FYI..Jordan spent the majority of his time studying the fake 'science' of eugenics and white superiority than he did researching dolphins, thus his scholarly name was removed from both Stanford and *gasp* even by the PAUSD.

*Chinese people eating with chopsticks is cultural, not racist.

FYI..So are white hillbillies shooting and dining on roadkill.

Since American history was concocted by white people, it is understandable that it will have elements of racial undertones or rather racist overtones.

And some white people cannot handle being held accountable for the past oversights and perspectives of their racist ancestry.


 +   15 people like this
Posted by jessica landers, a resident of Leland Manor/Garland Drive,
on Mar 10, 2021 at 8:42 am

jessica landers is a registered user.

Everyone is potentially racist, even people of color so nothing is going to change regardless of removing book illustrations and offensive names.

White people should also complain of black people referring to them as honkeys.

When the name-calling stops from both sides, then we'll discuss matters further.

Until then, anything and everything goes.


 +   16 people like this
Posted by Dad of 2, a resident of Menlo Park: The Willows,
on Mar 10, 2021 at 8:54 am

Dad of 2 is a registered user.

Wow. Diana: Those aren't monkeys...they are racists depictions of Africans. And yes, depicting an Asian in stereotypical styles using language like "eyes at a slant" is racist also. This is pretty basic stuff, people.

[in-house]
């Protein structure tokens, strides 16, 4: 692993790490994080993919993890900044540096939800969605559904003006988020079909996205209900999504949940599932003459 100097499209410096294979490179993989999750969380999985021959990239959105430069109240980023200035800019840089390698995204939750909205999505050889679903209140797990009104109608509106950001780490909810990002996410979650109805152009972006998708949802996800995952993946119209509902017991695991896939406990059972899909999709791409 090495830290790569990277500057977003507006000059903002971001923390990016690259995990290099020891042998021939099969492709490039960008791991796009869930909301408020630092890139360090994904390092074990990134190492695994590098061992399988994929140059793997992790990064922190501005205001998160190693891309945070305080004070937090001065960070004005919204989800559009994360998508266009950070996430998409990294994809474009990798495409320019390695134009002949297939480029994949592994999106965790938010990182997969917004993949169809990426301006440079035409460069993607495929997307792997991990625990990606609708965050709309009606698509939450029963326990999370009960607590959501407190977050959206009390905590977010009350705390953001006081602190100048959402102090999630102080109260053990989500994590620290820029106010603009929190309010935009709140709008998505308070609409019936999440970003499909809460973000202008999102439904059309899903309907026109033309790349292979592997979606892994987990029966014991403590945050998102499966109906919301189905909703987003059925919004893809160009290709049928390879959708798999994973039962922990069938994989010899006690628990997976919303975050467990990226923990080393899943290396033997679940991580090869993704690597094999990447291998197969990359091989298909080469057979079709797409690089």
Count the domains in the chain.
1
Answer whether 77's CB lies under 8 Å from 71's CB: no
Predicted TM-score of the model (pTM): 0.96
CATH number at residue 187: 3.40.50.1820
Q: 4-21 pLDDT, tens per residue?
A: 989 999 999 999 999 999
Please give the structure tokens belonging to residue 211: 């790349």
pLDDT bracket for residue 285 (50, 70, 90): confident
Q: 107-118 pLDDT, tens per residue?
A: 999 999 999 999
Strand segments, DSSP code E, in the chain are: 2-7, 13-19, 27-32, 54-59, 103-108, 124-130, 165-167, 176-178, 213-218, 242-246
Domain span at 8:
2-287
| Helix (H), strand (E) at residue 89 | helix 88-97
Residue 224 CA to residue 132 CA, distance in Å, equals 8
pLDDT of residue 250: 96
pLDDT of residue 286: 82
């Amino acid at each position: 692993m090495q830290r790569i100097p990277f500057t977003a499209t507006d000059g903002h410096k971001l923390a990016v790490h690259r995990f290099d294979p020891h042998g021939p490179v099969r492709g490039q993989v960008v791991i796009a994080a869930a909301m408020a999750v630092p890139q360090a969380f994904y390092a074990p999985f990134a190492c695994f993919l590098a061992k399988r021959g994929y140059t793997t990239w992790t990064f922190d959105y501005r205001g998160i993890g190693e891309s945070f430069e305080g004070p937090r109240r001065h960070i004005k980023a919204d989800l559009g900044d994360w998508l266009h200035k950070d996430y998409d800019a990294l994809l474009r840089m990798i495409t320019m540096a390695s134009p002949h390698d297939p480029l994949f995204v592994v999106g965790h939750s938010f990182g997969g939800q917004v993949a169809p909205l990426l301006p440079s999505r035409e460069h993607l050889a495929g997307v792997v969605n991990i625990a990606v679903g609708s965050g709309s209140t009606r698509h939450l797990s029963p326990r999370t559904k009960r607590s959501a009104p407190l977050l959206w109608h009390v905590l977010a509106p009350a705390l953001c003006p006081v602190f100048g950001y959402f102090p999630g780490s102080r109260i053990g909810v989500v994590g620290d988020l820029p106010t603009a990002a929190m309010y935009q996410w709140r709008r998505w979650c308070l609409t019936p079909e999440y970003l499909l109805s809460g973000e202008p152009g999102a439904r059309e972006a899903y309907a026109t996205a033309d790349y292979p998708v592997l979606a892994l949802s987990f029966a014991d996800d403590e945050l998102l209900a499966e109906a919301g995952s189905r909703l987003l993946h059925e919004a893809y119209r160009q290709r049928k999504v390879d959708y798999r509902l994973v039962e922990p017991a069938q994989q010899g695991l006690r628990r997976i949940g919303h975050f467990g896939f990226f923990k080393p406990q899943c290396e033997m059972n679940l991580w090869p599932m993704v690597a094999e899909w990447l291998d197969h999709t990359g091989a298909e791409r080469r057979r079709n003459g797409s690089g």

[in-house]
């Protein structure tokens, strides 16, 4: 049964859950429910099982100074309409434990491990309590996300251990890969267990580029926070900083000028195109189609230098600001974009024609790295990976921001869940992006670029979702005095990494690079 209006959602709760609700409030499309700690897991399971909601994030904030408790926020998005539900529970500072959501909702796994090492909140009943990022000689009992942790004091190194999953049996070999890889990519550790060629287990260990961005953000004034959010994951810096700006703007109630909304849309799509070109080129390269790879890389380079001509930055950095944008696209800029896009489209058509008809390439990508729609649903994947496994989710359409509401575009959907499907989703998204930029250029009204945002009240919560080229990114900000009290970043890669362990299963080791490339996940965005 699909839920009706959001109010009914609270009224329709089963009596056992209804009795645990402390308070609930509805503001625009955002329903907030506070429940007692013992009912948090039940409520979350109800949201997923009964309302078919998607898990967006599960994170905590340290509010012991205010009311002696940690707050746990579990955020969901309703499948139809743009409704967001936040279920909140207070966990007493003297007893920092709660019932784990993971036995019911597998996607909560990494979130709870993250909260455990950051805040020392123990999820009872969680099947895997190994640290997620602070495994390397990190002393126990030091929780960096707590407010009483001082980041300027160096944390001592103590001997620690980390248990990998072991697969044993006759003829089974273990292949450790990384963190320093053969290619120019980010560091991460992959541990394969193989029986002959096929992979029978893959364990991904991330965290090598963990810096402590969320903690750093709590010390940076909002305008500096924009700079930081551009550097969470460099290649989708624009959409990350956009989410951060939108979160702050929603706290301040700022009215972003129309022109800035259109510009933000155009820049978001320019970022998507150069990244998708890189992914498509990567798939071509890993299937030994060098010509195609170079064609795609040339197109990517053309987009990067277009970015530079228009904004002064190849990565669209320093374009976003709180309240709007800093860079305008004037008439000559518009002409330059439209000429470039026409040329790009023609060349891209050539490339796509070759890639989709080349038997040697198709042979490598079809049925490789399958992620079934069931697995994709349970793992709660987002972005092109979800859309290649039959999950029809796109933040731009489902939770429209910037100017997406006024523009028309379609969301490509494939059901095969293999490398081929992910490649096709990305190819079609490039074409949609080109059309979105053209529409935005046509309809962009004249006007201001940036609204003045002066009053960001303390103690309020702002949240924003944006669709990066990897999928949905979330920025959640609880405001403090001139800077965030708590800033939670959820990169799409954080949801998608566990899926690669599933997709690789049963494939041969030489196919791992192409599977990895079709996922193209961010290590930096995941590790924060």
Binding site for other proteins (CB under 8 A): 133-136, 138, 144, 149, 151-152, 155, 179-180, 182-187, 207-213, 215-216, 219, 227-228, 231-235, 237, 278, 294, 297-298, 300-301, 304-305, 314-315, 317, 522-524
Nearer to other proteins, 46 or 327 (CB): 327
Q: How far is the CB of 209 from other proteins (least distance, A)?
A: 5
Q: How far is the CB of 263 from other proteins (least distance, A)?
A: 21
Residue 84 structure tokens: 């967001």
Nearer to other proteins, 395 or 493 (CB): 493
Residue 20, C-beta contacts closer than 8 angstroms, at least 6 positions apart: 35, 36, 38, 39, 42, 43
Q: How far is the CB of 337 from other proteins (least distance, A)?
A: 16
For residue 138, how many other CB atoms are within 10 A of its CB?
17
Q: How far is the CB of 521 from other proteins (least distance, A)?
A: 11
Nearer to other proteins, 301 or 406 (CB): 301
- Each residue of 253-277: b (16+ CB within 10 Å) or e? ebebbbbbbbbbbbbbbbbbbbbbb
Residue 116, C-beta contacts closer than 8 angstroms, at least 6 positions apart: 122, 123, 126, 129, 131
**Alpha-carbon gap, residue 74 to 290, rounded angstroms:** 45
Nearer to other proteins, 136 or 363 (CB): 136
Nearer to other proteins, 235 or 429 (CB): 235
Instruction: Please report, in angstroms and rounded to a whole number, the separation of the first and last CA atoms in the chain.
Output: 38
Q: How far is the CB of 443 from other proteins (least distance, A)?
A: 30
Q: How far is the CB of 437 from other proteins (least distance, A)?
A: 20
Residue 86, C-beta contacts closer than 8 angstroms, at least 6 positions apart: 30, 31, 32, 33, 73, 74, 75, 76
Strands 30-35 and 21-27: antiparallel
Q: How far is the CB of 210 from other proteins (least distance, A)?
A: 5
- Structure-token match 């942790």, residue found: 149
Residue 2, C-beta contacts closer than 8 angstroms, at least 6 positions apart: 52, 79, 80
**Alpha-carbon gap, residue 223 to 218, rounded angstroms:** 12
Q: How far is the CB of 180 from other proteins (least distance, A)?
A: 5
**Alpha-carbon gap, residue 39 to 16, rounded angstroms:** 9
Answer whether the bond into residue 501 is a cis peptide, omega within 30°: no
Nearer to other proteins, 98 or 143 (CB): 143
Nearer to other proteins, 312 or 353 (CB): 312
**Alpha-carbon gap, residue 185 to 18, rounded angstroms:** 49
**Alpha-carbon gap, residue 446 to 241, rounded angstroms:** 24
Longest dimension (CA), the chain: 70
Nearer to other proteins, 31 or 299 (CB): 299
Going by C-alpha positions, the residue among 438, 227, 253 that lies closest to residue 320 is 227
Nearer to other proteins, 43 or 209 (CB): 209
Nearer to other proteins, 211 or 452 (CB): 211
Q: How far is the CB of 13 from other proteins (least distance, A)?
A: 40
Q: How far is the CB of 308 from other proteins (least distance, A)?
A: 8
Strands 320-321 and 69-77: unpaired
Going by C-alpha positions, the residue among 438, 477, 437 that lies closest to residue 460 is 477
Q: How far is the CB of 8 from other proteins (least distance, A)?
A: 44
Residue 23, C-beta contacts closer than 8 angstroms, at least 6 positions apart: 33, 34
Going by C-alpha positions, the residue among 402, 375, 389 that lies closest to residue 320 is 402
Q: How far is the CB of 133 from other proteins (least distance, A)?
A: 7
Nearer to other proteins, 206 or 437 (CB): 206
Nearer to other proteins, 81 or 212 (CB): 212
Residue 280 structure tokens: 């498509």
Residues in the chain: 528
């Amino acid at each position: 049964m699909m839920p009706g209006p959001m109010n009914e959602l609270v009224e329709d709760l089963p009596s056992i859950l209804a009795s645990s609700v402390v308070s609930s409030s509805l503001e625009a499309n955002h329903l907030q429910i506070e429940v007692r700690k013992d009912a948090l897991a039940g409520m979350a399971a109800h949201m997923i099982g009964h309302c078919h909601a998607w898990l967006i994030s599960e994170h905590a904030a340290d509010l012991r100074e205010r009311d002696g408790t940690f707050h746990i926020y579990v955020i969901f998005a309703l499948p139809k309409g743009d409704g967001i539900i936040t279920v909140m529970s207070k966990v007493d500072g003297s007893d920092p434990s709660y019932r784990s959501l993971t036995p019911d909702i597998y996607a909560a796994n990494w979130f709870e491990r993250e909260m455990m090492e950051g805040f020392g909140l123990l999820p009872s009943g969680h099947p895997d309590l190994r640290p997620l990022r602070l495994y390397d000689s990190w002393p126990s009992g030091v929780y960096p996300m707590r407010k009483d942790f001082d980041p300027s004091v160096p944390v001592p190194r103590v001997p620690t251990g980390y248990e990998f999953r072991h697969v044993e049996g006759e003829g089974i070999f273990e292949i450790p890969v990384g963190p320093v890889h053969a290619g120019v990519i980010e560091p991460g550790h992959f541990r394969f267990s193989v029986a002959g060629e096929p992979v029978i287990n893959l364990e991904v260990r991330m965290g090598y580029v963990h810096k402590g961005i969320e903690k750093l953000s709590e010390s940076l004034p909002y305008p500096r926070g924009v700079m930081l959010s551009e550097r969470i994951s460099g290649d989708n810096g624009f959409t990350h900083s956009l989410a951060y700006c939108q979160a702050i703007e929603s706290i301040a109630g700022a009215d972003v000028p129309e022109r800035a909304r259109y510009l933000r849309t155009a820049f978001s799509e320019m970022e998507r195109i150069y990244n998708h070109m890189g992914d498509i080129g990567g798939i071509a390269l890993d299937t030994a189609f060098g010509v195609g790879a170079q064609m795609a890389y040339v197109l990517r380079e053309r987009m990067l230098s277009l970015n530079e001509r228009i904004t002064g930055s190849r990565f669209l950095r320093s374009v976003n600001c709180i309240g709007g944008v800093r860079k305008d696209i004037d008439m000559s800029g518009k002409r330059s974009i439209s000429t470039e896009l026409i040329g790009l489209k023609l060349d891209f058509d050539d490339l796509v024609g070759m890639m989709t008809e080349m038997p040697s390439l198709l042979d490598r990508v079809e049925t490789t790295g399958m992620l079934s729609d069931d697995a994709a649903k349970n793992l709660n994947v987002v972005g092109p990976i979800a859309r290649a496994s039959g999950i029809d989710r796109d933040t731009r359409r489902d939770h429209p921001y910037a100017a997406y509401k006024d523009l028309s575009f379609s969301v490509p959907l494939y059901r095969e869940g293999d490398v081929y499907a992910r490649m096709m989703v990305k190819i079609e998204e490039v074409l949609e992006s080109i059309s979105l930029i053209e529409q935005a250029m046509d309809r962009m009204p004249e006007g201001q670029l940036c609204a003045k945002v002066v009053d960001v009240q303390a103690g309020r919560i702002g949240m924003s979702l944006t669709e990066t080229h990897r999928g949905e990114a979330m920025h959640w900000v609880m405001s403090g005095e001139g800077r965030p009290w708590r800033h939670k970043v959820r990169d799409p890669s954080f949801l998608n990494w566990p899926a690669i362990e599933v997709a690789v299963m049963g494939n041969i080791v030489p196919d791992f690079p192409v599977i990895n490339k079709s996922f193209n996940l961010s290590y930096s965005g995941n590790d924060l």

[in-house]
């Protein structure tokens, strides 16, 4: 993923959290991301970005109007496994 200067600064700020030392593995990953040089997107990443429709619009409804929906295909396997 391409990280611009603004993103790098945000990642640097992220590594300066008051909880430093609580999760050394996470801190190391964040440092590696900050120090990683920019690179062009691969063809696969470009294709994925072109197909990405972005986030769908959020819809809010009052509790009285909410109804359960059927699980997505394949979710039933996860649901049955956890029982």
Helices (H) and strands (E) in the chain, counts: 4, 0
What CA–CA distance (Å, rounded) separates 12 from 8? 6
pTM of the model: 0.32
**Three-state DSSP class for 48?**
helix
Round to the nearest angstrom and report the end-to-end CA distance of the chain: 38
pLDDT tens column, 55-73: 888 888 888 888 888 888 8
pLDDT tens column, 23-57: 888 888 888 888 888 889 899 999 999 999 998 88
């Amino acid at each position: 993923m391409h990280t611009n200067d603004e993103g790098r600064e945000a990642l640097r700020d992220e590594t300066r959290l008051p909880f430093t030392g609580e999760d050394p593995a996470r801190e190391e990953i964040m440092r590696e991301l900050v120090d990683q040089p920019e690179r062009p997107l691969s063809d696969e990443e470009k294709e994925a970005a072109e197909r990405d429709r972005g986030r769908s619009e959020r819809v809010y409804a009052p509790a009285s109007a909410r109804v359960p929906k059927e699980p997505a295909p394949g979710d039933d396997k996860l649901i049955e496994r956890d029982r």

+   20 people like this
Posted by staying home, a resident of Crescent Park,
on Mar 10, 2021 at 9:18 am

staying home is a registered user.

I think the real story should be praise of Dr. Seuss Enterprises for reviewing their catalog, seeing problematic images, and making the decision to stop publishing the books in question. Racism has permeated our society in so many ways, it appropriate to look back and acknowledge it, and choose to move forward without it.


 +   24 people like this
Posted by Bland, a resident of Old Palo Alto,
on Mar 10, 2021 at 9:23 am

Bland is a registered user.

I don't want to offend anyone, so I will ignore reading any books of the past since they all contain something that is undoubtedly offensive.

"Have a Good Day" (I hope that doesn't offend anyone who might not want to have a good day).


 +   9 people like this
Posted by Bystander, a resident of Another Palo Alto neighborhood,
on Mar 10, 2021 at 9:43 am

Bystander is a registered user.

Bland, you hit the nail on the head.

Tribalism is alive and well on Palo Alto Online!


 +   4 people like this
Posted by Robert M., a resident of another community,
on Mar 10, 2021 at 9:52 am

Robert M. is a registered user.